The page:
Can Windows Phone 8.1 Save Microsoft's Mobile OS?

Can Windows Phone 8.1 Save Microsoft's Mobile OS?

Sifting through the data contained in the Kantar Worldpanel for Smartphone OS market share, things aren't looking great at all for Windows Phone. Windows Phone saw steady increases in market share, holding at the number 3 spot behind Android and iOS, until March of this year in several of the larger markets.

Here's the breakdown…


  • February 14, 2014: 5.3%
  • March 14, 2014: 5.3%
  • April 14, 2014: 4.7%
  • May 14, 2014: 3.8%



  • February 14, 2014: 1%
  • March 14, 2014: 1%
  • April 14, 2014: 0.8%
  • May 14, 2014: 0.6%



  • February 14, 2014: 7.5%
  • March 14, 2014: 6.6%
  • April 14, 2014: 6.9%
  • May 14, 2014: 5.9%



  • February 14, 2014: 10.1%
  • March 14, 2014: 9.1%
  • April 14, 2014: 9.5%
  • May 14, 2014: 9.1%

But, don't jump into step with the industry's death march just yet. There's hope (maybe). It should be understood that many customers could be waiting for devices that have Windows Phone 8.1 preinstalled. Windows Phone 8.1 has received high accolades from those who took part in the Developer Preview, and Microsoft's Siri competitor, Cortana, has proven to be a fantastic technology and personal servant.

With Windows Phone 8.1, Microsoft has done something magical. Windows Phone 8.1 is fluid and responsive and feature complete. And, by decoupling some of the once-integrated features and apps, customers get to create unique experiences. I've mentioned before that I've used iOS, and used Android for a few years, but since moving to Windows Phone, I'll never go back. My wife recently took the plunge, also moving from Android, and the handset she chose has completely improved her life – literally. Of course, I spent the first couple hours when the new smartphone arrived installing Windows Phone 8.1 to ensure her first experience with Microsoft's mobile device OS was a good one.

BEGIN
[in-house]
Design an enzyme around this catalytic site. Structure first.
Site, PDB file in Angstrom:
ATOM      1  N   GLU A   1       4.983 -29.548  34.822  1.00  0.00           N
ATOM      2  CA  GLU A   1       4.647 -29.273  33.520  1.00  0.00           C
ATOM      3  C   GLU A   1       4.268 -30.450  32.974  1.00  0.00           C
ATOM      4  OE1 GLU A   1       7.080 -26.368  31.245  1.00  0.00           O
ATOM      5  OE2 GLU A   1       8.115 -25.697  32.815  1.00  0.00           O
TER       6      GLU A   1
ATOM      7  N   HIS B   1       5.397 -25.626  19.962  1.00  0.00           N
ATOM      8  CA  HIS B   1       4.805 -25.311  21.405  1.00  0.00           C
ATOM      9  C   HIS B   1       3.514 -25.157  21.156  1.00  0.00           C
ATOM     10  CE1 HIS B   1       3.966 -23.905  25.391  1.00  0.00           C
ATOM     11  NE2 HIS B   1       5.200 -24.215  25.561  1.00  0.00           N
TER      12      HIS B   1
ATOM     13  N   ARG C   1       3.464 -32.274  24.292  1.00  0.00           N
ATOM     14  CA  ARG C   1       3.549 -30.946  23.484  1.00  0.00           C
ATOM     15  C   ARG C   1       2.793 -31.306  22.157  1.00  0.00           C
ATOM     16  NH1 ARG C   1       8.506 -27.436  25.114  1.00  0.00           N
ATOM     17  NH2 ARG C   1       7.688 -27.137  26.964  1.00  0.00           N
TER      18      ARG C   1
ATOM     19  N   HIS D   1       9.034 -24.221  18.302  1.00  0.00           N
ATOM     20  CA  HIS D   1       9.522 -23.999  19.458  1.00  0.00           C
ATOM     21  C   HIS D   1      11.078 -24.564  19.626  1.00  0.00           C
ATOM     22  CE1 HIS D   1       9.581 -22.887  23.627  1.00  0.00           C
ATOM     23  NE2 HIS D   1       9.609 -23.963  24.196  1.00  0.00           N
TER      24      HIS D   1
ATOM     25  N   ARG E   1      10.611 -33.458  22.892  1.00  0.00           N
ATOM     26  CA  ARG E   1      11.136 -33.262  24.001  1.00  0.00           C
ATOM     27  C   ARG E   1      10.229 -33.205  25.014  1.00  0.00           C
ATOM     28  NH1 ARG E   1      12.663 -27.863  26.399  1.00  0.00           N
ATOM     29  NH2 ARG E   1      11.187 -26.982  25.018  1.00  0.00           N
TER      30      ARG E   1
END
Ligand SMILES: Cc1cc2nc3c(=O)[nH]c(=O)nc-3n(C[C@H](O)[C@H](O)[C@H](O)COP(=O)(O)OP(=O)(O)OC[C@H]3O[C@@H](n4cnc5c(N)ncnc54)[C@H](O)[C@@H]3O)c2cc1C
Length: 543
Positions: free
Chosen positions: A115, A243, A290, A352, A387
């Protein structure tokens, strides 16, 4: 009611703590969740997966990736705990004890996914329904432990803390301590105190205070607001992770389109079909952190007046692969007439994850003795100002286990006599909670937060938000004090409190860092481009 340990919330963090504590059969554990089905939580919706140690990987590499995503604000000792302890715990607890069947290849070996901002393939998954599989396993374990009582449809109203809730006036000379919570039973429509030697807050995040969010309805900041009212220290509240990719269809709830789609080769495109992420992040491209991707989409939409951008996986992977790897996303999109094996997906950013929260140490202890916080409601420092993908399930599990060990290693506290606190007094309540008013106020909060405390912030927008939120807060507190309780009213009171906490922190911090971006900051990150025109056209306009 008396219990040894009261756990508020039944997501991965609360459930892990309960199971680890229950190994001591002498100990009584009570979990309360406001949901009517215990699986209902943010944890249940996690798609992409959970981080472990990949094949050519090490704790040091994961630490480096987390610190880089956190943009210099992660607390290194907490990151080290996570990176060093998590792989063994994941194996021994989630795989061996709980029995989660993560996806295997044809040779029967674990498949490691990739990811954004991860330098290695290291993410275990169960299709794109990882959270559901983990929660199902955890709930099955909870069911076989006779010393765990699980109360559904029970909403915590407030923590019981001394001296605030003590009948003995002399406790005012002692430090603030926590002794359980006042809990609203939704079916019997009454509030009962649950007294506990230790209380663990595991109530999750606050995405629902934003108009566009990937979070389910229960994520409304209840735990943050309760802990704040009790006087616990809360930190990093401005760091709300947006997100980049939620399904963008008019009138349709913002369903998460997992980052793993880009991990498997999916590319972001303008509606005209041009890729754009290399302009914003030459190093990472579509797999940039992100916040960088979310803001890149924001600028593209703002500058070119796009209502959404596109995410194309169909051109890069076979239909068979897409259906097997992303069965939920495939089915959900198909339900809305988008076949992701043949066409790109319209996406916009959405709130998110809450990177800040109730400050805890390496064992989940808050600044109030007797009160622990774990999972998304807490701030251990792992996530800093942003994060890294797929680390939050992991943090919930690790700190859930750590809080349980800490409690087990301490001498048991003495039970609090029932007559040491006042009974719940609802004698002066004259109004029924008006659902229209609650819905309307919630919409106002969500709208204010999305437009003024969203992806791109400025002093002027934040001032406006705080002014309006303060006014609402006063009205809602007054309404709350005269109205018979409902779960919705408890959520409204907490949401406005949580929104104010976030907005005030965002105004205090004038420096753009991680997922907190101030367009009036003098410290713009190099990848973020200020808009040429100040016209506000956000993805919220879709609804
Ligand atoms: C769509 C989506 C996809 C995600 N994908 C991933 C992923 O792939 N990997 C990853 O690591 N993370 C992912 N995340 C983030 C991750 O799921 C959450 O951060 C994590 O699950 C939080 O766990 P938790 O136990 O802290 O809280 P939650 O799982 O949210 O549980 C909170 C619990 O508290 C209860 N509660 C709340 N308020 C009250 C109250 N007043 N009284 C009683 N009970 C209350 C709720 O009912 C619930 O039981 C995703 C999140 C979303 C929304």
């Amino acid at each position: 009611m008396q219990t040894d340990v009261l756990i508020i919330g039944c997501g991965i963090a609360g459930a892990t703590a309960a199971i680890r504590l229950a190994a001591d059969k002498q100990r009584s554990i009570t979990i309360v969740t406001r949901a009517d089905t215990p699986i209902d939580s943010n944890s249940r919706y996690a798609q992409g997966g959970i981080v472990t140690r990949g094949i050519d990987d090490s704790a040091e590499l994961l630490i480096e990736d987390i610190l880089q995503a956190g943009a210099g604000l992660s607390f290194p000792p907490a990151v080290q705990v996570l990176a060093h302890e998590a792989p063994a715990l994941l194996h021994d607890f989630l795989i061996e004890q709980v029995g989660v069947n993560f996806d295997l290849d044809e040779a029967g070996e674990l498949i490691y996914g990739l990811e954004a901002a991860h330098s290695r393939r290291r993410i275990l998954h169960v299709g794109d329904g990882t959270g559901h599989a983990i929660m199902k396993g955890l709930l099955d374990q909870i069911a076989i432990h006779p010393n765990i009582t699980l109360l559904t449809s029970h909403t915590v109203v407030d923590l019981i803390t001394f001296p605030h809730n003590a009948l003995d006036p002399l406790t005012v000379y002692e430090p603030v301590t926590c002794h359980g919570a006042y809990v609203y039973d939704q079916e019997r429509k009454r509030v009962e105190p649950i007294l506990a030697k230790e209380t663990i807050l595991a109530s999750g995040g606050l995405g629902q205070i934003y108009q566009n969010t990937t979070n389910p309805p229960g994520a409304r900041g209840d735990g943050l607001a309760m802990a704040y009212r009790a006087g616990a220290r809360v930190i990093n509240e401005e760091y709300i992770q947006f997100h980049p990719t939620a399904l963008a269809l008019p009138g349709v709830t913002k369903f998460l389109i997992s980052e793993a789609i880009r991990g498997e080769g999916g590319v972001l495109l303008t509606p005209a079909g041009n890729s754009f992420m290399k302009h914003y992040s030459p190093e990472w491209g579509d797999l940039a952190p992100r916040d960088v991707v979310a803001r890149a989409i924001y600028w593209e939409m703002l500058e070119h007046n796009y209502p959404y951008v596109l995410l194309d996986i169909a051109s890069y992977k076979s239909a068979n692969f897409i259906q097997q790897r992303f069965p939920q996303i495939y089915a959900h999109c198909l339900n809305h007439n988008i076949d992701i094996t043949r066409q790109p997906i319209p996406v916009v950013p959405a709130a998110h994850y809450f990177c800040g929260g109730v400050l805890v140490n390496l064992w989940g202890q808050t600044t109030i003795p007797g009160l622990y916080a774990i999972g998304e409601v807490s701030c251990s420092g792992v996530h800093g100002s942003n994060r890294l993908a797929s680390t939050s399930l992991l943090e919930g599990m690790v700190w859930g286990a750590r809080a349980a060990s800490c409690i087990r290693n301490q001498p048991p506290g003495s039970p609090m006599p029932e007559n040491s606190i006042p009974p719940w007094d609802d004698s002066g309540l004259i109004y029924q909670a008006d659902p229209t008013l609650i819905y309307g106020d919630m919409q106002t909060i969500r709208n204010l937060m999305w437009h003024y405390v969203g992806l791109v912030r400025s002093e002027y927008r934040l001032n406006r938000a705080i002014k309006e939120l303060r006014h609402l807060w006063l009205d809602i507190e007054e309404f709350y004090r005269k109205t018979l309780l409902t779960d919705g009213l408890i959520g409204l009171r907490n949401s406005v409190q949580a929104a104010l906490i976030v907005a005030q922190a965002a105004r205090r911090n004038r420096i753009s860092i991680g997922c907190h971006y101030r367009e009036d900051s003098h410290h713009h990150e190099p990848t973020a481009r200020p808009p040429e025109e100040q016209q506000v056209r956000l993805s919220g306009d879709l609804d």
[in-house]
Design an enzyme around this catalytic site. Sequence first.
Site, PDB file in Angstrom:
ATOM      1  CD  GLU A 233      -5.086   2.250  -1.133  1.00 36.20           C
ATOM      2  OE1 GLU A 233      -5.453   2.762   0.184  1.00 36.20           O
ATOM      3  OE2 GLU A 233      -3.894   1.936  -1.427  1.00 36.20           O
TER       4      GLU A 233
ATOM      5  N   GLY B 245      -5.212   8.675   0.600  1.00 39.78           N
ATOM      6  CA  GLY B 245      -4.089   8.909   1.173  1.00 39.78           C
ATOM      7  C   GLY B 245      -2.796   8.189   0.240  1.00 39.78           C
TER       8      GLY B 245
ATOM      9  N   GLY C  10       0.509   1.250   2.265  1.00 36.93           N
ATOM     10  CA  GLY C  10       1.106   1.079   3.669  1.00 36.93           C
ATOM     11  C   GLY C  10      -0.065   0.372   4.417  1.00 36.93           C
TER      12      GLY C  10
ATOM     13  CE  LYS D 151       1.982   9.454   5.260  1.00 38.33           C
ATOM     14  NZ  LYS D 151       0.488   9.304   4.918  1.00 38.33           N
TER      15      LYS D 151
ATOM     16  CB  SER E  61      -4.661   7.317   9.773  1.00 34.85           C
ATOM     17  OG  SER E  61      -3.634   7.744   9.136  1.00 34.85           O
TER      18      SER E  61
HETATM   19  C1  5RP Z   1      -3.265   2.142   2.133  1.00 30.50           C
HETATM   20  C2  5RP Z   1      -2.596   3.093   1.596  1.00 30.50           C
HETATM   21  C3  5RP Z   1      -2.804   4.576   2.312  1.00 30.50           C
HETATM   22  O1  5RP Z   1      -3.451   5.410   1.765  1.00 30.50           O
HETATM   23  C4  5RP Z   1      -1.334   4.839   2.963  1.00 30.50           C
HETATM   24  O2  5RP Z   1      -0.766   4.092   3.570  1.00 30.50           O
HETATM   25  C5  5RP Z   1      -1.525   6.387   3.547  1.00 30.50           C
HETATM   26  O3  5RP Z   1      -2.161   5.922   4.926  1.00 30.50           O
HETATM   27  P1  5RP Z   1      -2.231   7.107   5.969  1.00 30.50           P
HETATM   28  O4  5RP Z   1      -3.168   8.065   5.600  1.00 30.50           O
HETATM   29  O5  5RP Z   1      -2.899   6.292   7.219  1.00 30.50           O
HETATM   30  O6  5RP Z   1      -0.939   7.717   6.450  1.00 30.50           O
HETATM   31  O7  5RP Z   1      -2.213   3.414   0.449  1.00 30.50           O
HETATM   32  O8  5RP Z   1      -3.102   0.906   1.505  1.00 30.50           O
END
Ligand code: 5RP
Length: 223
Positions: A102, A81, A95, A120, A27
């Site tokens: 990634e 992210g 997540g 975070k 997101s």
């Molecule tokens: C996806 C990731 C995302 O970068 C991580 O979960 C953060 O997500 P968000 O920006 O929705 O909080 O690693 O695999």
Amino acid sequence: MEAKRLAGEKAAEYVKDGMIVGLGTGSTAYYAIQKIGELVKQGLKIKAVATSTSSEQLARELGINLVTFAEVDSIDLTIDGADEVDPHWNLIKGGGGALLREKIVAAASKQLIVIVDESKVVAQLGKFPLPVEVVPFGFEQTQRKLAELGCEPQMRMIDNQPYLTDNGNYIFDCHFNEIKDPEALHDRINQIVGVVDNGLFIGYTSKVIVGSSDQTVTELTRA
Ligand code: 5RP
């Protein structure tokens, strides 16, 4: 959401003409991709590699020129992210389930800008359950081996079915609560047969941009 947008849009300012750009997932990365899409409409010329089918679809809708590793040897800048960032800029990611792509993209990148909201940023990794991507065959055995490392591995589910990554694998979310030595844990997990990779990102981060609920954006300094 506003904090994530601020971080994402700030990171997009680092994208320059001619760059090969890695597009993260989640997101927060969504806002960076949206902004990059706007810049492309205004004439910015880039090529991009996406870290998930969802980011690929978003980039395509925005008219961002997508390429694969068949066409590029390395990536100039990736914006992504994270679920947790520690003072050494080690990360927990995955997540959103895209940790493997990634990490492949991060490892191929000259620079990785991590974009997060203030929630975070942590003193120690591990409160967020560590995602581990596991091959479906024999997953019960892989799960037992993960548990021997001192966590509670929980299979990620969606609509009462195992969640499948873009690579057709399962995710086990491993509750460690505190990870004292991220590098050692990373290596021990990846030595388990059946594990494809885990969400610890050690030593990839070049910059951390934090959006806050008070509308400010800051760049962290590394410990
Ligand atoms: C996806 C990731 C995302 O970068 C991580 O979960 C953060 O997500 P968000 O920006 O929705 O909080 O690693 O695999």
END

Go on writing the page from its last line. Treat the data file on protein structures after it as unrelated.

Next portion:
There is a lot of recent doom-and-gloom proliferating about Windows Phone's future, particularly after rumors that Microsoft will release an Android-based Lumia soon. Does this mean that Android is the future for Microsoft mobile devices? Not a chance. The Windows ecosystem can't survive without a Microsoft designed mobile OS.

I'll be watching the market share numbers as Windows Phone 8.1 devices are more easily available.

Of course, Cortana, who has been stellar at predicting the World Cup (hasn't missed a single prediction), has something to say. I asked her if she knew which smartphone OS was the best. She had this to say…

If things end up not improving for Windows Phone, I'm ready to start selling "Save Cortana" T-shirts. 

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